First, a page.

Over the past two weeks, I spent six days doing work experience at the Week. The magazine aims to give readers a summary of the week’s news and what the national and foreign media had to say on it, and so I spent many hours scouring the web’s top blogs for any interesting editorial content. So I watched, almost in real time, the world’s reaction to the MH17 disaster.
By Monday, the editorial columns were all spewing the same message: the West had to stand up to Putin. (Russia Today, meanwhile, kept insisting that Ukraine had designed the tragedy to turn the West against Russia – a story which became increasingly convoluted as more and more evidence to the contrary emerged). And yet for all the moral outrage, which felt more than a little self-righteous, none of the editorials really promoted any solid policies. “Punish him,” they crooned, “but we can’t tell you how”. And all gave politicians room for inaction – “whatever you do, don’t jeopardise the gas supply” could have been the headline on every broadsheet.
Nevertheless, pressure did grow, and the politicians predictably fell over themselves rushing to look tough on Putin. Cameron wrote a cringe-worthy letter to the Times, vowing to lead Europe in imposing punitive sanctions against the Russian President and his numerous cronies. Yet Germany, the EU’s diplomatic heavyweight, fretted about all that gas, and France went ahead with the sale of a new warships to Russia’s army.
It was a poor showing, where economic self-interest won over any sense of moral duty. It was also a depressing example of short-termism; Cameron was actually right when he raised the spectre of appeasement. Putin is no Hitler, obviously, but the same logic applies – the more he is allowed to do, the more he will do. It was the same in Syria, where the bloodshed hasn’t stopped since last year’s chemical weapons attack went unpunished by the West. As many warned, the rebel’s resentment of their neglect grew, and out of the chaos came ISIS – which is now presenting the biggest threat to Western security since al-Qaeda in its early-2000s heyday. Inaction has unintended consequences too.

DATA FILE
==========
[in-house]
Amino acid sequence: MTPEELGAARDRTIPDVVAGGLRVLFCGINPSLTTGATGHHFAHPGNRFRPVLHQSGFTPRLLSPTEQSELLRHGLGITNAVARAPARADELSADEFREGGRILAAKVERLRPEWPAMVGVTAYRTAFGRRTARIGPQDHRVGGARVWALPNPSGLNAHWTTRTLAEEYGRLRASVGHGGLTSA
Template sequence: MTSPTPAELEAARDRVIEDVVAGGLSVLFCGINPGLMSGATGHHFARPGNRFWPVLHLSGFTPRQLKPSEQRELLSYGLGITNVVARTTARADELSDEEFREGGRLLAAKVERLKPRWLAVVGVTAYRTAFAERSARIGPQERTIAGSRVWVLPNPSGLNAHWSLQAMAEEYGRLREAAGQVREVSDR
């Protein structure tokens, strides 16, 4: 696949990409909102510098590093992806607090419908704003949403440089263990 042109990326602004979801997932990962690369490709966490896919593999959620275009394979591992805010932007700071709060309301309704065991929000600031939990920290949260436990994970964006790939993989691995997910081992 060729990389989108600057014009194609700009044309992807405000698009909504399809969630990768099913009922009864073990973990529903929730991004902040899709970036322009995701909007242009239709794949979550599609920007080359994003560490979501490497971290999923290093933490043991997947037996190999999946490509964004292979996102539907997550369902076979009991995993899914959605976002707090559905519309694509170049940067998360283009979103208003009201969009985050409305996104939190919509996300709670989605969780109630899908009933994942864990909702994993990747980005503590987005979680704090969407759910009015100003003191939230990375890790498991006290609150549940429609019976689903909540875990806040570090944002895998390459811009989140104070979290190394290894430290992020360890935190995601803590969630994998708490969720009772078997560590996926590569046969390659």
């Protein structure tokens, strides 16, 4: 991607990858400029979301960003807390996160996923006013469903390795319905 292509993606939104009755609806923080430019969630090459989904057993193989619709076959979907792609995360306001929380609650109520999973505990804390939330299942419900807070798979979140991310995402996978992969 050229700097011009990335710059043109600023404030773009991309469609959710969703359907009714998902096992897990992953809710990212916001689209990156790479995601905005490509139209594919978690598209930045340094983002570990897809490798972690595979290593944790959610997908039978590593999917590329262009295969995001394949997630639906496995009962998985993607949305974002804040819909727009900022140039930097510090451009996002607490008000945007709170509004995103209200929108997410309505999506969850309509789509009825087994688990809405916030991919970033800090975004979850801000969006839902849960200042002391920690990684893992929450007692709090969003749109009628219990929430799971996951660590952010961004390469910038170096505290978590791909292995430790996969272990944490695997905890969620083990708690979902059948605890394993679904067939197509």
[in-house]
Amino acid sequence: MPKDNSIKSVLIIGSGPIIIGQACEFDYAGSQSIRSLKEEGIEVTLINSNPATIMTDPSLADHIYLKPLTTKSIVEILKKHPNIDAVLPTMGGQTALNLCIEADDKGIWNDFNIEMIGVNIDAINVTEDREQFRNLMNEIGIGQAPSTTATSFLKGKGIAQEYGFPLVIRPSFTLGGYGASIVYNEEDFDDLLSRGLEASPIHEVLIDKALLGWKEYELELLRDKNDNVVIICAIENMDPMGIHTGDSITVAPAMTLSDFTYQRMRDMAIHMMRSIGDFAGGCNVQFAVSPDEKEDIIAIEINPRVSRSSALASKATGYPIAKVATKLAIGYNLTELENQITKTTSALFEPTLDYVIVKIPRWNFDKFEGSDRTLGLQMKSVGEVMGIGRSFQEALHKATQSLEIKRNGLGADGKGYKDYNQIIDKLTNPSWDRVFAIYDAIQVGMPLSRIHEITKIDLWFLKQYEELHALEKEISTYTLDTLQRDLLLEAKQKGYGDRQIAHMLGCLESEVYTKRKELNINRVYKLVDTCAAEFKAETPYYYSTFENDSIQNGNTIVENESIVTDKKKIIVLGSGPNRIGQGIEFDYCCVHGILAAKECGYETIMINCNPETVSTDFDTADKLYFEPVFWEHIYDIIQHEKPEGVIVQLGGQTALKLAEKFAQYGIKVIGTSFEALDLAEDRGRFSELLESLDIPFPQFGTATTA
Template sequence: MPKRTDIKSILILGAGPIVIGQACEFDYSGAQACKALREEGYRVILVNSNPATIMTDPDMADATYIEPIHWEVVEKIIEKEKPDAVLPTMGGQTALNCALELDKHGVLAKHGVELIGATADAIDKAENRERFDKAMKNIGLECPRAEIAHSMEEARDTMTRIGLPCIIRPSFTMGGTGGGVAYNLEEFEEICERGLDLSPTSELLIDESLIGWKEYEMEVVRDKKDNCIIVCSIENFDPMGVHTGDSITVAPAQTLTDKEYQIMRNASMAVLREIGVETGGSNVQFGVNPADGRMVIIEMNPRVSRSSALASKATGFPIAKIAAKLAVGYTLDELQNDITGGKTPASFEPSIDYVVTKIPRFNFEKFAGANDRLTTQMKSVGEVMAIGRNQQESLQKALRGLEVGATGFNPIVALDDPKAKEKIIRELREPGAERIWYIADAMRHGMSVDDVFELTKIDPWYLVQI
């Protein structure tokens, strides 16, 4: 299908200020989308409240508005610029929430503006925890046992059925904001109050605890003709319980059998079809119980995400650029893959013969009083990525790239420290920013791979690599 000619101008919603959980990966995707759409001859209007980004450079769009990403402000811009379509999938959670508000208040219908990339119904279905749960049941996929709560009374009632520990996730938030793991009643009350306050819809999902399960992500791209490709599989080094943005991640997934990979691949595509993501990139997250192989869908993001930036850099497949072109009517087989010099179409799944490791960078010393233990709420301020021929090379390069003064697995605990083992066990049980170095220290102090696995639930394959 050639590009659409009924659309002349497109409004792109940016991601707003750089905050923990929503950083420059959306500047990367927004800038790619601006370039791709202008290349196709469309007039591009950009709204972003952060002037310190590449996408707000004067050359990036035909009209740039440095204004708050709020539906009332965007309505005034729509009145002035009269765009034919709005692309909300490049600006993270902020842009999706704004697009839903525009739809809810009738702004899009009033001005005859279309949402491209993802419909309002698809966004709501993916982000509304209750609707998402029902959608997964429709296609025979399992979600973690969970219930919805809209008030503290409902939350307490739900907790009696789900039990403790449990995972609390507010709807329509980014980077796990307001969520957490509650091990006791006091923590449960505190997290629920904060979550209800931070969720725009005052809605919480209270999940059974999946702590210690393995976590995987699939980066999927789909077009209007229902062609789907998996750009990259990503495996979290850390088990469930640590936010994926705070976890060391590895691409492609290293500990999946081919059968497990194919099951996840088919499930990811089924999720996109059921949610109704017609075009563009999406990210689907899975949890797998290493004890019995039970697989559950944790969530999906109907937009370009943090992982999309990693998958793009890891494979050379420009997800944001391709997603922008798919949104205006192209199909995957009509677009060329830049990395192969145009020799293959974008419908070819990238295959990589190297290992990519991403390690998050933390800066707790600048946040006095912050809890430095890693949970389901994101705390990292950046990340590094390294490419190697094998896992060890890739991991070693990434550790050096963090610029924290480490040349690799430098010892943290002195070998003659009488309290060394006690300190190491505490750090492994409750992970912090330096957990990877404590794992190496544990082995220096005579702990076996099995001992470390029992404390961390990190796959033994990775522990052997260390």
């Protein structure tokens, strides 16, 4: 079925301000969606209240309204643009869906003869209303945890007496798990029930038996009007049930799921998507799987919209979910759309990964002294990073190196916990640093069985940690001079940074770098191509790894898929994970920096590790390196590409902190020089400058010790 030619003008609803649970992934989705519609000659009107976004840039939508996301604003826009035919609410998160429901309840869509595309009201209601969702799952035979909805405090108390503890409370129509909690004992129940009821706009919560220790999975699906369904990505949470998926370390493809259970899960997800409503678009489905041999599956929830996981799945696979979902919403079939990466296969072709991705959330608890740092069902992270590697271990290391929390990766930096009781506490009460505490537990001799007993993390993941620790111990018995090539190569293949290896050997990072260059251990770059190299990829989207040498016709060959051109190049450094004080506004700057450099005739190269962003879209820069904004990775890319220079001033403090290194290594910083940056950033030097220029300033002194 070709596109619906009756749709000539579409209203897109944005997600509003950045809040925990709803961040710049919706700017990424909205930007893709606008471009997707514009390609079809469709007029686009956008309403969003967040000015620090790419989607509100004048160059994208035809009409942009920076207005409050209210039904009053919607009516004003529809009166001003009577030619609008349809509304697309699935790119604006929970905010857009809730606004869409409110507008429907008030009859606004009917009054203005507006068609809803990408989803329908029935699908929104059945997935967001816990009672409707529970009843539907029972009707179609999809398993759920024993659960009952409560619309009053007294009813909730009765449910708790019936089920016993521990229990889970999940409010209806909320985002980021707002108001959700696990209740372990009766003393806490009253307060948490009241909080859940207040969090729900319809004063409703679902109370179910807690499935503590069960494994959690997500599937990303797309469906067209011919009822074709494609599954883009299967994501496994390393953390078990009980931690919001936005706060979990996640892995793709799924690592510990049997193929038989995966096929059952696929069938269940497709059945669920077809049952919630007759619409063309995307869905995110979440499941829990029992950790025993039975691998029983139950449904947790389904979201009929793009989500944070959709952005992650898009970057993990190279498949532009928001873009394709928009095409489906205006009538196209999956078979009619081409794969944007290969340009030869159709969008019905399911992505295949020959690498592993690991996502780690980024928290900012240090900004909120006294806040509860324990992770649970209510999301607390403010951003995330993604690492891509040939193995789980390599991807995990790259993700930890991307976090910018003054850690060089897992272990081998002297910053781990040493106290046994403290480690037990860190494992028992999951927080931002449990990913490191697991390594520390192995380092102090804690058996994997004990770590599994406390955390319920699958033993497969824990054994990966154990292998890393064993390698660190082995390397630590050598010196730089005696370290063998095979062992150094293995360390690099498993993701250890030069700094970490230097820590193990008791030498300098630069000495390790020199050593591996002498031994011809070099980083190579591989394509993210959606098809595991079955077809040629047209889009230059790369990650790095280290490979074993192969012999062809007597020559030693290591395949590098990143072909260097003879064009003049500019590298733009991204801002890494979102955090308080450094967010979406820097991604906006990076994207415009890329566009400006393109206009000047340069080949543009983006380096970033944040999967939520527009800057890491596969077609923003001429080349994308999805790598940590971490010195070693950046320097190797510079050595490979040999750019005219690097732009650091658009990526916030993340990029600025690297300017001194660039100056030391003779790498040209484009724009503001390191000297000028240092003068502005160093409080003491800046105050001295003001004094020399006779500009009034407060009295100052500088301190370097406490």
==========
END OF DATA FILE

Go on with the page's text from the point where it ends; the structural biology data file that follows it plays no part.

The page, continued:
The last few years have proved the West weak and divided. Where once it stood for decisive action, it is now a mass of dithering. So what, really, could the West do about Putin?
Sanctions. At the moment, Western sanctions only affect a dozen or so of Putin’s cronies. They basically don’t do anything. Instead, trade with Russia should be wound down, putting its economy under some serious strain. Russia should be unceremoniously thrown out of the G8 and G20; and NATO should make its remaining power felt by beefing up its forces in Eastern Europe. This isn’t about threatening a new Cold War, but making it clear that the current world order will be protected – and that there are consequences to shooting a civilian airliner out of the sky.
Putin’s main concern has always been his domestic support. Causing the already anti-Putin Muscovite middle-class some economic pain will force him to make concessions in order to remain powerful at home; not least reeling in the Eastern rebels in Ukraine and stopping transfers of weapons across the border. This may take a few weeks as he seems to have lost his control of the situation, so in the immediate future he needs to secure access to the crash site for international observers and stop the rebels tampering with the evidence.
There comes a time when a sense of right and wrong should take priority over economic calculation. 298 people were shot from the sky, they deserve justice – gas supply or not.